INDIANAPOLIS (AP) — Indiana health officials are warning residents to take coronavirus precautions seriously over the Labor Day weekend, even as new statewide COVID-19 risk ratings show most counties have minimal or moderate virus spread.
Indiana University officials have asked all 40 fraternity and sorority houses on its Bloomington campus to shut down because high rates of coronavirus infections, but say they have no authority to force them to close.
INDIANA UNIVERSITY ACTIONS
Testing at some Indiana University fraternity and sorority houses found infection rates above 50%, according to a statement released by the school, but local health officials said Thursday that they were unaware of any infected students who needed hospitalization.
The shared bathrooms and living spaces in those houses make preventing virus spread difficult.
The county health department has already ordered 30 of the 40 houses to quarantine due to the coronavirus.
University officials said they can’t order the houses to close because they’re owned by the fraternity and sorority organizations, but they urged everyone living in them to move out.
“We do not consider, based on our best public health advice, these houses to be safe living environments at this point,” campus Provost Lauren Robel said.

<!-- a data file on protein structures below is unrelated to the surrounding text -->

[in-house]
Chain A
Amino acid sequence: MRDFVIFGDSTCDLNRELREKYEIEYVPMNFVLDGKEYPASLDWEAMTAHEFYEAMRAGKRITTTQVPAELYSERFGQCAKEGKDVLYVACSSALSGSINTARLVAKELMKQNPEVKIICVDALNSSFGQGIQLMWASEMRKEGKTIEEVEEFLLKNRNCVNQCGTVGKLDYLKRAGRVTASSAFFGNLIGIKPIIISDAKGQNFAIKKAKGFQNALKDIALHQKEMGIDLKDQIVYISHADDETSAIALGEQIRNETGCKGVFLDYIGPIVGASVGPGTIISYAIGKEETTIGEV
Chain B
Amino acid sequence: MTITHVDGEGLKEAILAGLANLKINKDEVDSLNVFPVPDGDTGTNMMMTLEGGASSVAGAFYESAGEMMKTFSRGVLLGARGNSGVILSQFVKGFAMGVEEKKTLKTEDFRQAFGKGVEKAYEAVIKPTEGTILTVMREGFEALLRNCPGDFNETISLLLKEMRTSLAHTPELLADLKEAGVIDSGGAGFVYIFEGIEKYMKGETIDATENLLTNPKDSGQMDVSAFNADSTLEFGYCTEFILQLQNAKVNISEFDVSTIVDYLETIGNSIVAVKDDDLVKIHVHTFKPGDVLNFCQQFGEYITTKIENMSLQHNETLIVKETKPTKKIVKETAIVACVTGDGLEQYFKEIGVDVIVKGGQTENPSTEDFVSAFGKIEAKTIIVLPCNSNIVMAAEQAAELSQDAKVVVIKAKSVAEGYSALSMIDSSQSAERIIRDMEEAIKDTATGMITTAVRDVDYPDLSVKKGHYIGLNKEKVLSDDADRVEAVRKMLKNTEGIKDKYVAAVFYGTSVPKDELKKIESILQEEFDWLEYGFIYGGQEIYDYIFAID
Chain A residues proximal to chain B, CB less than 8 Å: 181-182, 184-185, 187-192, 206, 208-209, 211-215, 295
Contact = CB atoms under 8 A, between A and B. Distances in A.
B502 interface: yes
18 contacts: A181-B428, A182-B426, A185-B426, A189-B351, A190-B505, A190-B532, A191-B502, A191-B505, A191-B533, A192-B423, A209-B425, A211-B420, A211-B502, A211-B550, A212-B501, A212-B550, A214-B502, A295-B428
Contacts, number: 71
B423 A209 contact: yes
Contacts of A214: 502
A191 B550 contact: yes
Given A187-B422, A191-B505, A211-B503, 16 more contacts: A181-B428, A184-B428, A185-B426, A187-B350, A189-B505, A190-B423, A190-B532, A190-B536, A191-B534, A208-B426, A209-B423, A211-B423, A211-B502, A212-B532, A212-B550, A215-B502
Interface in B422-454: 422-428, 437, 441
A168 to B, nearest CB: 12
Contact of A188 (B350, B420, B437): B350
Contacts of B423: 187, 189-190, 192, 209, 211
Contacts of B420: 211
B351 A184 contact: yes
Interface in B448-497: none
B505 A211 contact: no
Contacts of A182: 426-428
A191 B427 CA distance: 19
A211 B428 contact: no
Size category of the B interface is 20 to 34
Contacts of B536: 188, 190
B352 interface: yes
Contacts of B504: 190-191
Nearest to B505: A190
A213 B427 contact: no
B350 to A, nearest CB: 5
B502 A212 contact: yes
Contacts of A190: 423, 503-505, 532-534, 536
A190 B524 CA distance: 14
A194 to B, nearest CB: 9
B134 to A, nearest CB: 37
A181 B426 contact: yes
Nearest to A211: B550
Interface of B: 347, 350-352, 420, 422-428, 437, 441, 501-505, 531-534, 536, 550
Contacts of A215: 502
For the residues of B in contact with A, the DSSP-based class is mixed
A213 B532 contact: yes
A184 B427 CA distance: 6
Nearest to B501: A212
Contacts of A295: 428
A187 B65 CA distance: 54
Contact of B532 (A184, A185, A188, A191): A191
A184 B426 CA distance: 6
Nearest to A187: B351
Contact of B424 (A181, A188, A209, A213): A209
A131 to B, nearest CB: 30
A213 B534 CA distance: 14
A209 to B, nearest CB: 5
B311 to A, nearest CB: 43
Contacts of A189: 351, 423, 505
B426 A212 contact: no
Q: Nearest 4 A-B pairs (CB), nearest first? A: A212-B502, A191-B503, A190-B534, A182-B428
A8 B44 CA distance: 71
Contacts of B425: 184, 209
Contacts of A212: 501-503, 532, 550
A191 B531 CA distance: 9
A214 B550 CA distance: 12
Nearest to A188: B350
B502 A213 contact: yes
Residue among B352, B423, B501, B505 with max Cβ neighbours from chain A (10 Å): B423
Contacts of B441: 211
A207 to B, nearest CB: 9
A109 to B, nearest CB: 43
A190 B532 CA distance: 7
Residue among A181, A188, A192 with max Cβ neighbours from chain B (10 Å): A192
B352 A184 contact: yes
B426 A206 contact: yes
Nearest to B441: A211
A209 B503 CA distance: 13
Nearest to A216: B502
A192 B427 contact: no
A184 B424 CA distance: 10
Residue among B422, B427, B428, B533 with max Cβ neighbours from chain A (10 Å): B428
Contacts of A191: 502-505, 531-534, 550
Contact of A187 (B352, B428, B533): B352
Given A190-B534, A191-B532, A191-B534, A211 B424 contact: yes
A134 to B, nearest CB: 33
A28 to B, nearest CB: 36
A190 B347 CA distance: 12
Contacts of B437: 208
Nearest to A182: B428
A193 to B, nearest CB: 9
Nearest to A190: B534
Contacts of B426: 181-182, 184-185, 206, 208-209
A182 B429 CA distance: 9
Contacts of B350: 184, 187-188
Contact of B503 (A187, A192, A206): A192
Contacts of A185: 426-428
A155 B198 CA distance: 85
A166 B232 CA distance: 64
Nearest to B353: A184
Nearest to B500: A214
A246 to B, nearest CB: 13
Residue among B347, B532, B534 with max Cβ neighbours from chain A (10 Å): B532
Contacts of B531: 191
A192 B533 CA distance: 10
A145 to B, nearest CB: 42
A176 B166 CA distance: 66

About 2,600 students live in the houses or other forms of communal housing. Testing has not found significant coronavirus spread among students living in residence halls or linked to classrooms on the 42,000-student campus, officials said.
LABOR DAY WARNING
State health officials are urging people to wear masks and avoid crowds during the Labor Day weekend after large gatherings around the Fourth of July contributed to an increase in coronavirus cases during July and August.
Contact tracers have linked more than 3,300 COVID-19 cases to large gatherings and to places such as bars, gyms, hair salons, restaurants and churches, said Dr. Kristina Box, the state health commissioner.
One bar has been connected to 34 cases in two weeks.
Box emphasized that the coronavirus can spread quickly in crowded events if people don’t wear masks and maintain sufficient distance.
“We saw a surge in patients after Memorial Day and our July Fourth gatherings,” Box said. “I don’t want to see that surge after Labor Day.”
Indiana’s seven-day average of new coronavirus infections dropped to about 350 a day in late June but has generally topped 900 since early August.
Hospitalizations have gone up by about 50% in the state during that time.
State health officials on Thursday reported seven more coronavirus-related deaths, taking the state’s death toll to 3,332, including confirmed and presumed coronavirus cases, since Indiana’s first COVID-19 fatality was reported in mid-March.
The new county-by-county map available on the Indiana State Department of Health’s website Thursday gives a red rating of high coronavirus spread to only Martin County in rural southwestern Indiana.
Seven other counties, including South Bend’s St. Joseph County, Muncie’s Delaware County and Terre Haute’s Vigo County, have orange ratings of moderate to high spread.